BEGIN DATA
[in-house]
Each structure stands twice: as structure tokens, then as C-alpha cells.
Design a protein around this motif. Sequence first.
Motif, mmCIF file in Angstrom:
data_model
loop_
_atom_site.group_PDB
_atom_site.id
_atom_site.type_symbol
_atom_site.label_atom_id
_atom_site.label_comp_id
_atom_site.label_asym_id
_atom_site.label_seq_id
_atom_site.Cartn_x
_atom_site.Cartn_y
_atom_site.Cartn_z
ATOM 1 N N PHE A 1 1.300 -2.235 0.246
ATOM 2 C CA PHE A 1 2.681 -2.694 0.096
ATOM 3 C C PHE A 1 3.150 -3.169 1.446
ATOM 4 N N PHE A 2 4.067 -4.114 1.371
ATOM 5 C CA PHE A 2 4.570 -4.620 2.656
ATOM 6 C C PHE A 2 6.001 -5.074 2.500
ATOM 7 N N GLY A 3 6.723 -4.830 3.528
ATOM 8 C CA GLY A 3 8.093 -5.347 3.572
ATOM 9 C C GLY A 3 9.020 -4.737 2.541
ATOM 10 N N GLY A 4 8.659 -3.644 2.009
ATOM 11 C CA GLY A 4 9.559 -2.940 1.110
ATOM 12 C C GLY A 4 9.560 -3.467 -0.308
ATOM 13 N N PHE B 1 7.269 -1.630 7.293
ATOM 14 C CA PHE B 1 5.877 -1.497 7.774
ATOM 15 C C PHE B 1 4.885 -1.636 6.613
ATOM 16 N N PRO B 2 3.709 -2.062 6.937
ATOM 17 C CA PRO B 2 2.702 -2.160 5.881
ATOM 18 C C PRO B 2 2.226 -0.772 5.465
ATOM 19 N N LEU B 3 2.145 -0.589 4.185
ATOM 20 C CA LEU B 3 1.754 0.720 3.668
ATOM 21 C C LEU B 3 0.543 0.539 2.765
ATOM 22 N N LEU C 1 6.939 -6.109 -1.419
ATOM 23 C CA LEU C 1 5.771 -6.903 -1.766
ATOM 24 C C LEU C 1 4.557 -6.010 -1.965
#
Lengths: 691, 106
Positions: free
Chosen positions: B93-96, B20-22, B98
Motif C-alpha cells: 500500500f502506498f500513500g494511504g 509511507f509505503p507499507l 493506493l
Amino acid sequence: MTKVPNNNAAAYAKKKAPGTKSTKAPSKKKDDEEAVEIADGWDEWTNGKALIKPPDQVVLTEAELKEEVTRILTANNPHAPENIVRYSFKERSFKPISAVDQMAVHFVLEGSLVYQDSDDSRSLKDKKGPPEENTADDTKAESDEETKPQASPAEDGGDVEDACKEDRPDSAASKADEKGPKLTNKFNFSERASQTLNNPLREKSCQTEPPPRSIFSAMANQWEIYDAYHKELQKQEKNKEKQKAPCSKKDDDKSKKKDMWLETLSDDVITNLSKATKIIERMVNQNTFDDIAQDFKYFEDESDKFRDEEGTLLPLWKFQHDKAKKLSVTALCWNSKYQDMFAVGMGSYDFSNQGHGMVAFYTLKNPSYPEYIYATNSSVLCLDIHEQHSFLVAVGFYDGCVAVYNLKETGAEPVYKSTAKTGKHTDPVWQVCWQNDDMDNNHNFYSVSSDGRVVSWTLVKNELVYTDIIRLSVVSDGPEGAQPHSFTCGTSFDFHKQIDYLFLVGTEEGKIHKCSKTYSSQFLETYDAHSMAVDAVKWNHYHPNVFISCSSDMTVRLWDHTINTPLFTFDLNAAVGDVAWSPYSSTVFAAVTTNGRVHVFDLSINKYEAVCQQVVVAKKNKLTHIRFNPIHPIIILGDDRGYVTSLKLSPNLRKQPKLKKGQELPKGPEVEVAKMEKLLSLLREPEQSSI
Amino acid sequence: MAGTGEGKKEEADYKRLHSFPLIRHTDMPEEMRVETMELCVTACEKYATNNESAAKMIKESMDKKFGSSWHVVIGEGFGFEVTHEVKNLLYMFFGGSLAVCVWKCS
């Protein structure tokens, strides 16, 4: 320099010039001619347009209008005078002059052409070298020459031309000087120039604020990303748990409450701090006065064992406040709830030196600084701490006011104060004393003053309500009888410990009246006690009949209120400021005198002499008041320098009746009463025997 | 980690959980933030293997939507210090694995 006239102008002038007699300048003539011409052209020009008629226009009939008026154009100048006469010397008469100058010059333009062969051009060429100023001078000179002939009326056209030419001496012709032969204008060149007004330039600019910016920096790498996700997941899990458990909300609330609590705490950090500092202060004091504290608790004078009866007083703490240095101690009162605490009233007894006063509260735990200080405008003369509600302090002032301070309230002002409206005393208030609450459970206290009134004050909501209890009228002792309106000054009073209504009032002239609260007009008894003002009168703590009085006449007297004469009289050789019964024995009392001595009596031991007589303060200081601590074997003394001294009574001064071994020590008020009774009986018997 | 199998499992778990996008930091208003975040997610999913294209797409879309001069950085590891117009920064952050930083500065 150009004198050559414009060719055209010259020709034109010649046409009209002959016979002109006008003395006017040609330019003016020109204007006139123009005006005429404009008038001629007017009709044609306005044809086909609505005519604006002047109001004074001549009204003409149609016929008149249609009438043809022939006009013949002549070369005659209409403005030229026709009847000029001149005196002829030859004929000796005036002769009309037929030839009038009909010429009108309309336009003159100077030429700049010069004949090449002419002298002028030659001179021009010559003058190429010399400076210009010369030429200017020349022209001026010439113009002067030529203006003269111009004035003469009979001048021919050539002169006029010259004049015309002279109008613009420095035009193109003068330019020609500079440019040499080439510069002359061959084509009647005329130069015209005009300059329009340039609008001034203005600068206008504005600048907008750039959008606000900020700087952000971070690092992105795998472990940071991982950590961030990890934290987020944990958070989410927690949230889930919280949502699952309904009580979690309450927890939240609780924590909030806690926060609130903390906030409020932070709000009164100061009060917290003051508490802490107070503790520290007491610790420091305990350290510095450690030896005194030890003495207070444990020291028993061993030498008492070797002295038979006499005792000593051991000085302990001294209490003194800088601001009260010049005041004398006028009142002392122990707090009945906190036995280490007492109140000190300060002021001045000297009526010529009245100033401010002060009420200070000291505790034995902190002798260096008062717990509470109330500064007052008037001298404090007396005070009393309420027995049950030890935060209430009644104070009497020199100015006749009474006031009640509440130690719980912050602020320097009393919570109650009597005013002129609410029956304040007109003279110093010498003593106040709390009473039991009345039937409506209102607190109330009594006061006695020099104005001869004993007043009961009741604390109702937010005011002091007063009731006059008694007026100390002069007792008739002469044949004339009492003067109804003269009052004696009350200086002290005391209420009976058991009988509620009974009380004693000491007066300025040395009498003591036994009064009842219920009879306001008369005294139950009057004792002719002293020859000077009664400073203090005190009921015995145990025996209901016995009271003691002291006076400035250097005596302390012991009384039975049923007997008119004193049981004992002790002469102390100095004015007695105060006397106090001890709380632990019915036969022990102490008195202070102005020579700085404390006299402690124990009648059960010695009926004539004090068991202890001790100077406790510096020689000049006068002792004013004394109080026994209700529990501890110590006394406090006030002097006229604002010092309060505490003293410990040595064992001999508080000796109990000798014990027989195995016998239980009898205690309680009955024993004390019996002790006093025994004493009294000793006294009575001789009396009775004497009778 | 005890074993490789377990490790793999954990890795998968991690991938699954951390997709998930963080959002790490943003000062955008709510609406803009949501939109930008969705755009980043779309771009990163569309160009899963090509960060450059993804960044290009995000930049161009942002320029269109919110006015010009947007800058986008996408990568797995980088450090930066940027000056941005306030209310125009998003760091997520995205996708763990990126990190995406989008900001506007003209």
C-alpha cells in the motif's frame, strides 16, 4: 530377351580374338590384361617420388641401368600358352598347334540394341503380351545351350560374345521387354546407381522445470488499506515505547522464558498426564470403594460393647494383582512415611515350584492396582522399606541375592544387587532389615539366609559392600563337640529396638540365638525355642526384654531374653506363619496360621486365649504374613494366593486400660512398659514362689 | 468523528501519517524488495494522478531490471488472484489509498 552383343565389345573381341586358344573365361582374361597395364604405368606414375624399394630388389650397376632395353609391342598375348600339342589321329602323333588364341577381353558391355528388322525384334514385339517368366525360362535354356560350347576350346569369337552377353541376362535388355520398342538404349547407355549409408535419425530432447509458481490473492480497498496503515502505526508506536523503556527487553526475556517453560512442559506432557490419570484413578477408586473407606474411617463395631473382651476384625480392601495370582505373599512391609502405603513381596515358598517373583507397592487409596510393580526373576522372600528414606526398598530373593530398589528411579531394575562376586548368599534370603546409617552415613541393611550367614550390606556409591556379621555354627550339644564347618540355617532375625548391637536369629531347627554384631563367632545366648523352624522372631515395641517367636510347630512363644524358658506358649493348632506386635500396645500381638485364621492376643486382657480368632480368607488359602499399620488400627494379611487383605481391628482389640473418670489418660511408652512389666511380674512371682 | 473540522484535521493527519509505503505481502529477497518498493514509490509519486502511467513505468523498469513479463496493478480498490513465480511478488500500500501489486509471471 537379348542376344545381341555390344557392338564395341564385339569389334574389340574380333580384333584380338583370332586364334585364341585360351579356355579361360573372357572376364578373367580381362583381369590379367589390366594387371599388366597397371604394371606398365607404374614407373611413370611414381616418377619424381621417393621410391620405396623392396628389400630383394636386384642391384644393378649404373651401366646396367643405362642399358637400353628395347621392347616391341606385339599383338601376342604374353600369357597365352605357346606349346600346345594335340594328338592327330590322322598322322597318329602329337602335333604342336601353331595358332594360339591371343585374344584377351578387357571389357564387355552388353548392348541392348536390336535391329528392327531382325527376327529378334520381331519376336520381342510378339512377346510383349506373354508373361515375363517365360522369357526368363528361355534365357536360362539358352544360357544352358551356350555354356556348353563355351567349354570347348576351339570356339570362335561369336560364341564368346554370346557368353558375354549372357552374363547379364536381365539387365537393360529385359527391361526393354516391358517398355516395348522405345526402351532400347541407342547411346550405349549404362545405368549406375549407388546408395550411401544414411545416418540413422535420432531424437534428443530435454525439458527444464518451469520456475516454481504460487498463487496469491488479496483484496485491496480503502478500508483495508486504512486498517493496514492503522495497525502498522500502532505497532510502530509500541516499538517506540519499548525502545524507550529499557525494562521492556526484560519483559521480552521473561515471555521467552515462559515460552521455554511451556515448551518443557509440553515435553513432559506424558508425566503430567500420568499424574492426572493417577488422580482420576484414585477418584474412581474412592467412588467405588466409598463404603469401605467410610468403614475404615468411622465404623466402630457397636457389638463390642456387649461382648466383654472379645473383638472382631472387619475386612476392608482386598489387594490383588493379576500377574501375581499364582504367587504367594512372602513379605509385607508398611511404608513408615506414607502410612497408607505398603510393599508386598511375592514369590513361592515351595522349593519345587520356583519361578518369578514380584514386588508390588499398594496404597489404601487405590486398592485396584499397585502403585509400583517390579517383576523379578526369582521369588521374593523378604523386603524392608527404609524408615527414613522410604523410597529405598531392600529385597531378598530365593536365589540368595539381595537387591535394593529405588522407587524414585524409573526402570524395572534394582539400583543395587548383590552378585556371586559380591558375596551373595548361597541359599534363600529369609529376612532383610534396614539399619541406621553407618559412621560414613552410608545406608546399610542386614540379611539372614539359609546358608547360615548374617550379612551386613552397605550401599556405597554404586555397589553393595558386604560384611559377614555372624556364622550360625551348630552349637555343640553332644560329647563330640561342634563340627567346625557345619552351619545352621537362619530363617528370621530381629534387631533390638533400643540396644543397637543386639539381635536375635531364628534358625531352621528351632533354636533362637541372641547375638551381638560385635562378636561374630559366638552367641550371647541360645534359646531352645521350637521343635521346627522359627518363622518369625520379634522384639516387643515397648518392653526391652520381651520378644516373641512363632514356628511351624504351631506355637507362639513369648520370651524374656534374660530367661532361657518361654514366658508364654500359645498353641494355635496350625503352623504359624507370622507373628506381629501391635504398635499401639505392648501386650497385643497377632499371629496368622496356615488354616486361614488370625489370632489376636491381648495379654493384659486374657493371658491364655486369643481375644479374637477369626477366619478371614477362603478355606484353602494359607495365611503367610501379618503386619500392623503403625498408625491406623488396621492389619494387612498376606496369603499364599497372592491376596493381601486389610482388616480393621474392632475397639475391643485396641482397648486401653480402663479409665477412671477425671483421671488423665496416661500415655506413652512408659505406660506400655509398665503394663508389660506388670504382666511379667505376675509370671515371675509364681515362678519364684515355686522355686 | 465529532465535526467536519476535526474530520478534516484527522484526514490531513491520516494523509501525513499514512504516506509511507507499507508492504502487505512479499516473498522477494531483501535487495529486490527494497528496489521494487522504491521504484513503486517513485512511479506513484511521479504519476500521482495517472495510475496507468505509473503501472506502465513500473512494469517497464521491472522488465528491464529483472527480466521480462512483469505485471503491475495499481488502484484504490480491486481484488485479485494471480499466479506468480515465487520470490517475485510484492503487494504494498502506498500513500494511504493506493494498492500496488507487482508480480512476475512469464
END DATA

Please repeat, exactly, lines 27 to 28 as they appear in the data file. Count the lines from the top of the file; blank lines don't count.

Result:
ATOM 11 C CA GLY A 4 9.559 -2.940 1.110
ATOM 12 C C GLY A 4 9.560 -3.467 -0.308